Tri-Cities Astronomy

Tri-Cities Astronomy

Our clear autumn evenings in Eastern Washington

present a great opportunity to enjoy views of the moon, stars, and planets. Light pollution is reduced if you’re willing to drive a little bit away from town, but even in our urban yards we can see some amazing sights. Members of the Tri-City Astronomy Club set up their telescopes in the REACH Museum parking lot once a month and welcome the public to look through the eyepieces at our moon, planetary neighbors, and even some more distant objects.

This is a great chance to see with your own eyes

what our astronauts and spacecraft have been sent out to explore: craters of the moon, rings of Saturn, even the moons of Jupiter. Club members are willing to talk about the equipment they use if you’re interested in getting your own scope, and they also enjoy showing visitors of all ages how to find their way around the night sky. Check out their website and Facebook page for future viewing dates and meeting times.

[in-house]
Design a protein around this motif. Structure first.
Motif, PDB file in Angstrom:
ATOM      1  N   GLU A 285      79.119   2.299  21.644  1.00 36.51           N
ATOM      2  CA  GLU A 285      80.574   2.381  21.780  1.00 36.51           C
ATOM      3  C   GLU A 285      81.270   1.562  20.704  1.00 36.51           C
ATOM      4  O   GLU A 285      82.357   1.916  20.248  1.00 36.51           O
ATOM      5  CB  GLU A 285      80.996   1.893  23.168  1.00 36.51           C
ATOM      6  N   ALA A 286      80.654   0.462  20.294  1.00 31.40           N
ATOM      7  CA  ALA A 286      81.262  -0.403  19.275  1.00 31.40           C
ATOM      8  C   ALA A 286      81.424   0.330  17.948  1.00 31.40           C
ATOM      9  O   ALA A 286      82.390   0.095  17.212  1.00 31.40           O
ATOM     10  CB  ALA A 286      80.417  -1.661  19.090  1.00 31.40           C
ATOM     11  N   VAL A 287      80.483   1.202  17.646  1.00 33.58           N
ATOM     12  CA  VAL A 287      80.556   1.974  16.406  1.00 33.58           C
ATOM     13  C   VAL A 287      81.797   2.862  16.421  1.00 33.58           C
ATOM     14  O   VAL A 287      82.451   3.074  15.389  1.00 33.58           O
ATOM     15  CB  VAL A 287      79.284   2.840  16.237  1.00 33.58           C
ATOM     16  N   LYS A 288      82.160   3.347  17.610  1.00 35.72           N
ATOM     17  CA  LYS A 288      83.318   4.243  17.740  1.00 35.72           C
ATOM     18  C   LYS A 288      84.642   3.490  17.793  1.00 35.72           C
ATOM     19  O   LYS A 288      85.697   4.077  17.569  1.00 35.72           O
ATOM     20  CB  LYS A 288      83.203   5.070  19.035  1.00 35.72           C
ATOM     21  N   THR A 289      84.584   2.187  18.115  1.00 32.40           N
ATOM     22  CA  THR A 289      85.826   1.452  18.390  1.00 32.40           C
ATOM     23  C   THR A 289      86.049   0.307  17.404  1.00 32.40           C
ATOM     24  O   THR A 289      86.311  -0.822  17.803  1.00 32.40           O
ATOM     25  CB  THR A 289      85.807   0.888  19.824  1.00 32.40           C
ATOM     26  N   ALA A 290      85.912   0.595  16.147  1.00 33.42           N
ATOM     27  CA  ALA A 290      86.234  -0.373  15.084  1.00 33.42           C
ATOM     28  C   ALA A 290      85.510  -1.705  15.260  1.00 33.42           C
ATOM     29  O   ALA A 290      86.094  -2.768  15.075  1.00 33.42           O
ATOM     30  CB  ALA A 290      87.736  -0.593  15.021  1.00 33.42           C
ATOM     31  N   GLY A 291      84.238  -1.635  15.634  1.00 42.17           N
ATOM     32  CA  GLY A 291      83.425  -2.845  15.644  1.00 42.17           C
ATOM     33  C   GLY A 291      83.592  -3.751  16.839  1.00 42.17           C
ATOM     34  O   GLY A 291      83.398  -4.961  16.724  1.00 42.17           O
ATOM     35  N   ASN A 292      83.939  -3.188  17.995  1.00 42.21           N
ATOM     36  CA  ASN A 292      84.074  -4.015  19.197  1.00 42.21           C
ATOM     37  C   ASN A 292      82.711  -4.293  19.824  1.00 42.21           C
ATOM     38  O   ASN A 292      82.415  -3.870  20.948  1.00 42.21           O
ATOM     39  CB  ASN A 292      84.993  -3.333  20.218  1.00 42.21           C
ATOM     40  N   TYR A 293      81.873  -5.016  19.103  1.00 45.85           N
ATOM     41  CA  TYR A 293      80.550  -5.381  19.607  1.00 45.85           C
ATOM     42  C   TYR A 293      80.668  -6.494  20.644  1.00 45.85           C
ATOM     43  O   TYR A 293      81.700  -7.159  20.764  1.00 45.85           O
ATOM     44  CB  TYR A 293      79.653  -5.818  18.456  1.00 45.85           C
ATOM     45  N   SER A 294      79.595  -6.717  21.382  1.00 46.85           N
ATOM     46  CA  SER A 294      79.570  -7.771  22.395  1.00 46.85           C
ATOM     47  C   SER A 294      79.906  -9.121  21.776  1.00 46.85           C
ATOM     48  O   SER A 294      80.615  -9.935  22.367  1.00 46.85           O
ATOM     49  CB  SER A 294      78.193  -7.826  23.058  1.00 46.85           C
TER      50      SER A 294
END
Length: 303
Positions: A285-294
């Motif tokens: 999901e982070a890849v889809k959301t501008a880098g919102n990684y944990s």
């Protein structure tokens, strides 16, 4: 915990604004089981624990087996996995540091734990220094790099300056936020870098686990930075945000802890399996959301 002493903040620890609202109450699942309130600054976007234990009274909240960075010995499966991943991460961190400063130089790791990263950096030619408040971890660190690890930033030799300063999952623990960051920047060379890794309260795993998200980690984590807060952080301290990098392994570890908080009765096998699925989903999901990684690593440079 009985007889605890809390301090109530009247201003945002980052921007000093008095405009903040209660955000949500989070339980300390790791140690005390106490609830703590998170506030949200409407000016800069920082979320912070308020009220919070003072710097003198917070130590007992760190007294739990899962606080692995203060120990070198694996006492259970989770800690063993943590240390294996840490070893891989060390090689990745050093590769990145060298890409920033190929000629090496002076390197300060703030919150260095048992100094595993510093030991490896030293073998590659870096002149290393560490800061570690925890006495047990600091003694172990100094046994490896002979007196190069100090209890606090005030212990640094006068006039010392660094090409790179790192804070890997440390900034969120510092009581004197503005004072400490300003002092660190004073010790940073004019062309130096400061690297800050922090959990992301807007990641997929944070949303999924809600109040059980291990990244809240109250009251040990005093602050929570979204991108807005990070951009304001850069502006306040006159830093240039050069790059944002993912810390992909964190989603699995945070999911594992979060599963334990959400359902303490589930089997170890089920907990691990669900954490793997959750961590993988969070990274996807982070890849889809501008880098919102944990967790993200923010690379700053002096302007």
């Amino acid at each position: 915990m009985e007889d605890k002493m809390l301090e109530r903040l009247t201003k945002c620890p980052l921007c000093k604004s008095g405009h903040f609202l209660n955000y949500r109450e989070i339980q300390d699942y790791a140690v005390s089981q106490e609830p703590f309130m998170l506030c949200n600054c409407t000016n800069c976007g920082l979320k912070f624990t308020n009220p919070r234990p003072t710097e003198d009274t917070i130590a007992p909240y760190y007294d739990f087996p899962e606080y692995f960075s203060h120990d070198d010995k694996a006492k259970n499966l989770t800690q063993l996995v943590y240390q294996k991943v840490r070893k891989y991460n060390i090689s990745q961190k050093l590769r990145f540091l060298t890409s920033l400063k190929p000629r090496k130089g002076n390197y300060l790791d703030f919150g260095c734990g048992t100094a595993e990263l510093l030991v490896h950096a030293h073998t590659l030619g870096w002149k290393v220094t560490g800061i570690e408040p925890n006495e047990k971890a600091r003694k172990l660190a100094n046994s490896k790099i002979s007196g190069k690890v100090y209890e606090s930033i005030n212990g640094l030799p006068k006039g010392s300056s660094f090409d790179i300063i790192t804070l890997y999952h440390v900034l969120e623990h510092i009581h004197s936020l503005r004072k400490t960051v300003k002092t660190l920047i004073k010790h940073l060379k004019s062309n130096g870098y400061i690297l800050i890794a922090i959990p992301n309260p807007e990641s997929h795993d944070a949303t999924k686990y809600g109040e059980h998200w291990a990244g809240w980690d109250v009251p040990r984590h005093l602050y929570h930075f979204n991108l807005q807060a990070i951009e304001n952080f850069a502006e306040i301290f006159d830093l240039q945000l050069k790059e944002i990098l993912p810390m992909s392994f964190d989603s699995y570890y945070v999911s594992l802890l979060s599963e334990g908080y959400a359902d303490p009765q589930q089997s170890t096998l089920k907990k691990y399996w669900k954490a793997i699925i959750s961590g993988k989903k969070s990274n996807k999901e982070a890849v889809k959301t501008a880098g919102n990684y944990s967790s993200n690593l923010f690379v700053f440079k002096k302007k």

On Friday, September 21 the REACH Museum hosts Astronomy Night

with the Tri-City Astronomy Club and LIGO Hanford. Telescopes will be set up outside, weather permitting, allowing views of the nearly-full moon as well as Jupiter, Mars, and Saturn. Venus will be at its brightest and very low to the horizon after sunset. It’s the brightest object in the night sky, aside from the moon. A view through a telescope reveals that Venus has phases like the moon; on Friday you may be able to see that it’s a crescent! And there will be plenty of indoor activities as well on the 21st, so don’t worry if any clouds start rolling in. The museum opens at 6:00 pm for this event, and if you want to come a little early, Swampy’s BBQ truck will be ready to sell dinner by 5:30 pm.

Exploring the night sky can get you thinking about time and distance in a new way

When you’re seeing something so far away from earth, you are actually looking back in time. Light from the moon takes only 1.26 seconds to reach our eyes, but light from the sun takes 8 minutes and 20 seconds. Light from the North Star, Polaris, takes 433.8 years to reach us, so we’re seeing what that star looked like in the year 1585 AD. And if you find the Andromeda Galaxy, the farthest object that we can see with the naked eye, you’re looking back in time 2.5 million years! Who needs a time machine?